The few non-Black Muslims who have spoken about these issues often equate Black peoples’ experiences with racism in America to the plight of the Palestinians, the Uyghurs, and other subjugated groups to explain why we should support anti-racist efforts in the United States. 

While similarities do, in fact, exist between these various forms of oppression, it is shameful that the suffering of Black people can only be validated through its resemblance to the hardship of others. The need to draw parallels between oppressed groups in order to identify with the pain of Black people is an additional product of anti-Blackness. State-sanctioned violence against Black people deserves outrage, not because of its similitude to other forms of oppression, but because it is an injustice in itself. 

As Muslims, we have no excuse to remain silent on issues of oppression. Our belief in Islam demands that we fight against injustice wherever and whenever we see it. If, as you are reading this, you are wondering what steps you can take to stand in solidarity with your Black brothers and sisters, here are some ideas to get you started:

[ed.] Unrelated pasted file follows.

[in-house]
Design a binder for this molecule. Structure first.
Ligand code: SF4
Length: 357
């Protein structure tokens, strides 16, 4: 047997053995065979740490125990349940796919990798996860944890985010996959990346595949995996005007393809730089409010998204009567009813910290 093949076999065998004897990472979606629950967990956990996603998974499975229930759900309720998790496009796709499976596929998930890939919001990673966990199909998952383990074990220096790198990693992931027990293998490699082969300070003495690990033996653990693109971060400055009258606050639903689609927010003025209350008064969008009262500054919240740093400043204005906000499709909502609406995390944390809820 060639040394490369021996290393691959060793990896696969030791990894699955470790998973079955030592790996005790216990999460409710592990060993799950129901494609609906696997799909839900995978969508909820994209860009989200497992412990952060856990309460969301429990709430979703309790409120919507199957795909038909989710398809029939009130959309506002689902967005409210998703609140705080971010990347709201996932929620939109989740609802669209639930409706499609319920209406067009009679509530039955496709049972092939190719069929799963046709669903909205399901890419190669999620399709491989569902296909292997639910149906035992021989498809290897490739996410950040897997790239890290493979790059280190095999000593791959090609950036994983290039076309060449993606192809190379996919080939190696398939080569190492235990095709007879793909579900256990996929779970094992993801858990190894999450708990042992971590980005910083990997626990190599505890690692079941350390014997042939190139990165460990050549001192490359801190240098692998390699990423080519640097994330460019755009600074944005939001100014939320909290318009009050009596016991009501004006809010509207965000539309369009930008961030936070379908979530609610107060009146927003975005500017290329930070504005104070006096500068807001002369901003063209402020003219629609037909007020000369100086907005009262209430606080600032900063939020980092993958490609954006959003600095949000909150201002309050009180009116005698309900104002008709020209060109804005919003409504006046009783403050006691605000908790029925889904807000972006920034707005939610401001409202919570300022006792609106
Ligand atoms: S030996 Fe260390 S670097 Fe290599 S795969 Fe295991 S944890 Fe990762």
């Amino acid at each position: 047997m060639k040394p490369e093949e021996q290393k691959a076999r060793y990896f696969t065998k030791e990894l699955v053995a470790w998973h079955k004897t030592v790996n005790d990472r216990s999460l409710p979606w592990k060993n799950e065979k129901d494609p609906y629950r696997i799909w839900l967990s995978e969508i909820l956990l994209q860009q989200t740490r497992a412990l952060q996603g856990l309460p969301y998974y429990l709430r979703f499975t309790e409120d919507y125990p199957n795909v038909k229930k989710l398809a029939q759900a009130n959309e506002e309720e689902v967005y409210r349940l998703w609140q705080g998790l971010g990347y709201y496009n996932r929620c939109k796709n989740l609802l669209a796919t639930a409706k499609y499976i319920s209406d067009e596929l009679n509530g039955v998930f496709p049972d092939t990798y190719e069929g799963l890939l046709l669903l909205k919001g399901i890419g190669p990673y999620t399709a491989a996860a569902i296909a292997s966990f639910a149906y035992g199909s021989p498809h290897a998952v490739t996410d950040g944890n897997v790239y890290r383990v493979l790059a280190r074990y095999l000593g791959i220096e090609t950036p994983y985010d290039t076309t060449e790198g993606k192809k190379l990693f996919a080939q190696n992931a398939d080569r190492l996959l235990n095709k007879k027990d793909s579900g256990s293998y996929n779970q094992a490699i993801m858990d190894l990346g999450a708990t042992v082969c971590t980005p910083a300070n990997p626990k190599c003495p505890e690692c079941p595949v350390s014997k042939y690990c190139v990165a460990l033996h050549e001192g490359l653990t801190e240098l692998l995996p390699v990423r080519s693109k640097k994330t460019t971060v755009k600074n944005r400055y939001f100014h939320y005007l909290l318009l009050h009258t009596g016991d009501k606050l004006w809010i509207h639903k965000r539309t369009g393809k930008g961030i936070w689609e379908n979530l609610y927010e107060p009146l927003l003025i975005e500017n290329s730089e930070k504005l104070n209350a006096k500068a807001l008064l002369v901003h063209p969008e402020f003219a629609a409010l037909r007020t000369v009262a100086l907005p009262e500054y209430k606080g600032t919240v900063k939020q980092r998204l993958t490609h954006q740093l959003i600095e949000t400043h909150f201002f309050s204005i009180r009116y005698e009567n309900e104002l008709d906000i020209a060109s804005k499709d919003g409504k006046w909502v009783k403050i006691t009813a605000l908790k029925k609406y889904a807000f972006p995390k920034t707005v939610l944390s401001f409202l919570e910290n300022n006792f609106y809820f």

1. Donate to the Official George Floyd Memorial Fund

2. Donate to the Minnesota Freedom Fund, a nonprofit that pays bail for protestors who have been arrested 

3. Educate yourself and others on Black history and resistance movements

4. Support organizations such as the Muslim Anti-Racism Collaborative

5. Interrogate your own anti-Black biases

6. Hold your communities to a higher standard by calling out anti-Blackness in all of its forms